The first satellite in the new Block 10, phased program will now go up in 2019, to be followed by one more in each of the following three years. A fifth satellite will be built, but held as a spare. In total, that’s one less satellite than originally planned.
However, the Block 10 program also cuts the laser crosslinks that would have allowed the satellites to talk to one another at speeds as fast as 40 gigabits/sec. It also drops Ka-band support for intelligence, surveillance and reconnaissance operations, and it employs less onboard processing power.
Those capabilities will likely be included in later increments of the overall TSAT program.
The Air Force made those requirement changes to the TSAT Space Segment contract, which governs the construction and launch of the satellites, along with ground support facilities. Other parts of the program include the TSAT Mission Operations System (TMOS) segment, which will provide operational and network management, and a System Engineering and Integration (SE&I) segment.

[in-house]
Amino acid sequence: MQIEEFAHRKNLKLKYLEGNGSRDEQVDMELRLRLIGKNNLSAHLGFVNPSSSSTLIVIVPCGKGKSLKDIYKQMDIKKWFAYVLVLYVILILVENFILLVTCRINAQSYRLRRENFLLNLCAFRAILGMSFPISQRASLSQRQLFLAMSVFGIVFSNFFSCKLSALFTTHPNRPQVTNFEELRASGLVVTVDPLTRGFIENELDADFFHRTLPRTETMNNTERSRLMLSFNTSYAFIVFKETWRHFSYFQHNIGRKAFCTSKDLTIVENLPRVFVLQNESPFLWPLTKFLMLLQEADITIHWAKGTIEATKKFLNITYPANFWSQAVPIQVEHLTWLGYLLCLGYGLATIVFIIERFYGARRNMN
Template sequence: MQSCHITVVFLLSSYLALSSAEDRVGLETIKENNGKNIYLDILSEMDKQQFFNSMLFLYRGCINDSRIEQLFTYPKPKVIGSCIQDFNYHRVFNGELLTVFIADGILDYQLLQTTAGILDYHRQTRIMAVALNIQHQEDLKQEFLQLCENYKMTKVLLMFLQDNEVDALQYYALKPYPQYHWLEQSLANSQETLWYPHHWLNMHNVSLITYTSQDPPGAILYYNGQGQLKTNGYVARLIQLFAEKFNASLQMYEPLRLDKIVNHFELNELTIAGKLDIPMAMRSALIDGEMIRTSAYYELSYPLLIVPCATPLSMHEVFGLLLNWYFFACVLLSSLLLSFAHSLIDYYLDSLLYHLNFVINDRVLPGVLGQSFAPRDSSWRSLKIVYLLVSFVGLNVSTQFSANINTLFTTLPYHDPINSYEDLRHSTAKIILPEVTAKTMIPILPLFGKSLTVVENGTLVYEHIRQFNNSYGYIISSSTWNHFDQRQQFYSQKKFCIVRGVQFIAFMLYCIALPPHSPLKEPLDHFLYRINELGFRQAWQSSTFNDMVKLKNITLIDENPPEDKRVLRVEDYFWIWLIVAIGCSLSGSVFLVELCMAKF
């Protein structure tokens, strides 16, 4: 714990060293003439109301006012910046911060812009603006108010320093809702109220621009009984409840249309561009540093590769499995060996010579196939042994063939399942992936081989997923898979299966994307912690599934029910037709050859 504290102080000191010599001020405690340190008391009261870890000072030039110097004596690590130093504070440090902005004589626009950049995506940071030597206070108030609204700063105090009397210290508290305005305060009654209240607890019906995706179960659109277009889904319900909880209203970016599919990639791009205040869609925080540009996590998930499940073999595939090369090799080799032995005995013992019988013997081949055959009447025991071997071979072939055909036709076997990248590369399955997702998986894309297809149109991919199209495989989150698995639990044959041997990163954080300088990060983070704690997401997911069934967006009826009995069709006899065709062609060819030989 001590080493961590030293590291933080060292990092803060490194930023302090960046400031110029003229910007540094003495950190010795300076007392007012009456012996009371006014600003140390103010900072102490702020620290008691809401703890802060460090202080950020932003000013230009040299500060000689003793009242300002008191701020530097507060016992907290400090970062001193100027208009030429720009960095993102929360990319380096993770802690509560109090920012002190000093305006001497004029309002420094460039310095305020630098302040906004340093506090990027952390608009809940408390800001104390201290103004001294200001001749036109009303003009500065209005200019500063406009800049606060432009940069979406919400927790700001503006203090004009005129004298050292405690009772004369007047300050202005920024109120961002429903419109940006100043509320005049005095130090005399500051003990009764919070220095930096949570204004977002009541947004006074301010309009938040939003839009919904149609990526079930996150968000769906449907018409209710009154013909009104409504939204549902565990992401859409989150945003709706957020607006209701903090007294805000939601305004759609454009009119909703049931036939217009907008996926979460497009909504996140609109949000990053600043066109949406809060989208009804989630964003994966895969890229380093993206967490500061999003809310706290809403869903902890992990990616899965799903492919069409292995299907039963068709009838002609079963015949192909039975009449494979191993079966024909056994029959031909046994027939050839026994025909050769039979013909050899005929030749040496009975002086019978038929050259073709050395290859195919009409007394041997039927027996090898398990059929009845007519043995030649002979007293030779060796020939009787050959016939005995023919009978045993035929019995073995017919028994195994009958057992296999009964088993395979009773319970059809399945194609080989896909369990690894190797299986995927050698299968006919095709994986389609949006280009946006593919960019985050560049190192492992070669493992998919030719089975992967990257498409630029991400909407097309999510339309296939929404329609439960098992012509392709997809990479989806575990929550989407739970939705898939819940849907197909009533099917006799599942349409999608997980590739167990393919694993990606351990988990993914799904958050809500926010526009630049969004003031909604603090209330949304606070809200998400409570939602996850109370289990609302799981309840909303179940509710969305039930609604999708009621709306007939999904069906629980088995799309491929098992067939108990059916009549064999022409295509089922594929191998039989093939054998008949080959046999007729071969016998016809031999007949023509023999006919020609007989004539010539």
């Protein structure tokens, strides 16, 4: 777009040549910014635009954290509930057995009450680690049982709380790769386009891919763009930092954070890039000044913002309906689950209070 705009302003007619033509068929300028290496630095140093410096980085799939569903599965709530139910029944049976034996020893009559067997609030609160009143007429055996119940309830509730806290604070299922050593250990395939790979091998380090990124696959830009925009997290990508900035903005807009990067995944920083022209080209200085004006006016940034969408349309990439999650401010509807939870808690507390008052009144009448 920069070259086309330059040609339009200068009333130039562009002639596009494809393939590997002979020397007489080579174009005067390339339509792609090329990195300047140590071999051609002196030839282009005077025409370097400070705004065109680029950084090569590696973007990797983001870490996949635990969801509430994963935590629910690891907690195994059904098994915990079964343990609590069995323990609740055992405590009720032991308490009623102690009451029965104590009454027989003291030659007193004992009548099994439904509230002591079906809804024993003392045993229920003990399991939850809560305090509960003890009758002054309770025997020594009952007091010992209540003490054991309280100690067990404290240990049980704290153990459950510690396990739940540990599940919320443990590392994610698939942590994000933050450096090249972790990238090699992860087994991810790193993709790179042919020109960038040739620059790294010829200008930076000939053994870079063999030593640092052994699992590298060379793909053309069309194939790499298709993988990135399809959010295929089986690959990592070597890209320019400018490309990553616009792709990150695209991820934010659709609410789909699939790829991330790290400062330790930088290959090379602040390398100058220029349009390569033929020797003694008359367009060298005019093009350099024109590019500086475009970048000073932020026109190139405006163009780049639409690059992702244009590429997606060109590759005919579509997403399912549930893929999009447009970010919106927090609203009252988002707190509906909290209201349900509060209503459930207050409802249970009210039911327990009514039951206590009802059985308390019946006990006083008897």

Request for proposals for the restructured space segment contract are expected to go out in April, with an award of the $11 billion contract due in 2010.
Contracts for TMOS and SE&I were awarded several years ago and are unchanged, other than having to accommodate the needs of the new space segment.
The restructuring of the TSAT program first began during winter and spring 2008, Wolf said, when DOD conducted its Milsatcom future investment strategy review. The department conducted the review to restructure the entire Milsatcom portfolio, but primarily the TSAT program, to better balance affordability and changing communications needs.